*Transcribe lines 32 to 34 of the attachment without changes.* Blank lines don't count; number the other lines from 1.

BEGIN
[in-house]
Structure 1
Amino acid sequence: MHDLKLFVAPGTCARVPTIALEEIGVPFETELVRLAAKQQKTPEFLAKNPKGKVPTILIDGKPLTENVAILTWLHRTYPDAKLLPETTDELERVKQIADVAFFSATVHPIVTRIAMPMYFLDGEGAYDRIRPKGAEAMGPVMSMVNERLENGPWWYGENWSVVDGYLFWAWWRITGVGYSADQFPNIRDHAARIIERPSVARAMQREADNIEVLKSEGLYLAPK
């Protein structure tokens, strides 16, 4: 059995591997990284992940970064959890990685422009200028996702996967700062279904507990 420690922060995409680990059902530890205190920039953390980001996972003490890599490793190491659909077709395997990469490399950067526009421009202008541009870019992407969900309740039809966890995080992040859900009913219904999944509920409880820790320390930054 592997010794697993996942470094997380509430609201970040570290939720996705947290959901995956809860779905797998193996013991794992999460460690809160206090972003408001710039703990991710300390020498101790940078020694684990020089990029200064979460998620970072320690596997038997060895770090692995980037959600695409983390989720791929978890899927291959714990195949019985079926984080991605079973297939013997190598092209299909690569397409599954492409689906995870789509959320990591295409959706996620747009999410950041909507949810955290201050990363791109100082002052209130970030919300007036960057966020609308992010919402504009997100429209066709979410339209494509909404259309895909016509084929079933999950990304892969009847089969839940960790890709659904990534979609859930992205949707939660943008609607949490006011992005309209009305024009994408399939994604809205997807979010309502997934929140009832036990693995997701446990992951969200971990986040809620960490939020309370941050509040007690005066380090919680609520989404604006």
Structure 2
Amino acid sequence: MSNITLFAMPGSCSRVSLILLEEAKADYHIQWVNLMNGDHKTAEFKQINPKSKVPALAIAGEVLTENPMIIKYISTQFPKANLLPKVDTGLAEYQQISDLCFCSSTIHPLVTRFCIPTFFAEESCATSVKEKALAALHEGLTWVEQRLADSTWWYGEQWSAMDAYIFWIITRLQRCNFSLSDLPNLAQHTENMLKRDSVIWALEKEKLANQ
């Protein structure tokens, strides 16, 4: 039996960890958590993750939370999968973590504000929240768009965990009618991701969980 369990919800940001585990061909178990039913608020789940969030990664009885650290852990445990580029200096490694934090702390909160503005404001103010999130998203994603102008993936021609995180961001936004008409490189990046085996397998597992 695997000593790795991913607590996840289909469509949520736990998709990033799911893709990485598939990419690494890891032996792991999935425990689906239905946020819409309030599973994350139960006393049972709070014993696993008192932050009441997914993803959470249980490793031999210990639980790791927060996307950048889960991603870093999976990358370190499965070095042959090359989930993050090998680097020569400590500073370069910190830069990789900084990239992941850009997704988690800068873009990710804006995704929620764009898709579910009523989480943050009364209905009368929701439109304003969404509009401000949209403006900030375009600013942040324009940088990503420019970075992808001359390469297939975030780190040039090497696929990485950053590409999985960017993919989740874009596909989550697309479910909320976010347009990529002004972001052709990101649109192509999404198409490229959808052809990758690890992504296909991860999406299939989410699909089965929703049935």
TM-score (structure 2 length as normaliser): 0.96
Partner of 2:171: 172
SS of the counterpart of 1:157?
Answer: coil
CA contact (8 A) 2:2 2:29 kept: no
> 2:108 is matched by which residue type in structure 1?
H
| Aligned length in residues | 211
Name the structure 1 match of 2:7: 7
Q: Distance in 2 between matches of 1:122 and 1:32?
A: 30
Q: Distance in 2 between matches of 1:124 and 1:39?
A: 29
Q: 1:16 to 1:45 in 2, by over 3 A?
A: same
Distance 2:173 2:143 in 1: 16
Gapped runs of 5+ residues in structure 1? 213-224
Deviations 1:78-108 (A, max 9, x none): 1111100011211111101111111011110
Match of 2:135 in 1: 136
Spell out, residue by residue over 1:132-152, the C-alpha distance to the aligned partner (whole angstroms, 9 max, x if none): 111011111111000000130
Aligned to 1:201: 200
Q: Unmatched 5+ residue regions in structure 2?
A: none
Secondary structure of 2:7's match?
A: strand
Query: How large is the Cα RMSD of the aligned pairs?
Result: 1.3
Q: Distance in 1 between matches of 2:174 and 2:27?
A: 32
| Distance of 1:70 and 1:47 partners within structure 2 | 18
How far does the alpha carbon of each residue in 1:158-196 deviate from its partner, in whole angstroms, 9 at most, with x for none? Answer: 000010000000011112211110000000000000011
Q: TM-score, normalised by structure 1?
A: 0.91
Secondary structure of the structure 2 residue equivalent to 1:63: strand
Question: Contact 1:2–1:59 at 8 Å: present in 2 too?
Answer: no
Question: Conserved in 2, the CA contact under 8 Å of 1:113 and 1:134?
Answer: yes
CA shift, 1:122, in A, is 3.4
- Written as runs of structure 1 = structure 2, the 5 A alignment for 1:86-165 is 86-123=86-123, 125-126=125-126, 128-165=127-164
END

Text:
A: strand
Query: How large is the Cα RMSD of the aligned pairs?
Result: 1.3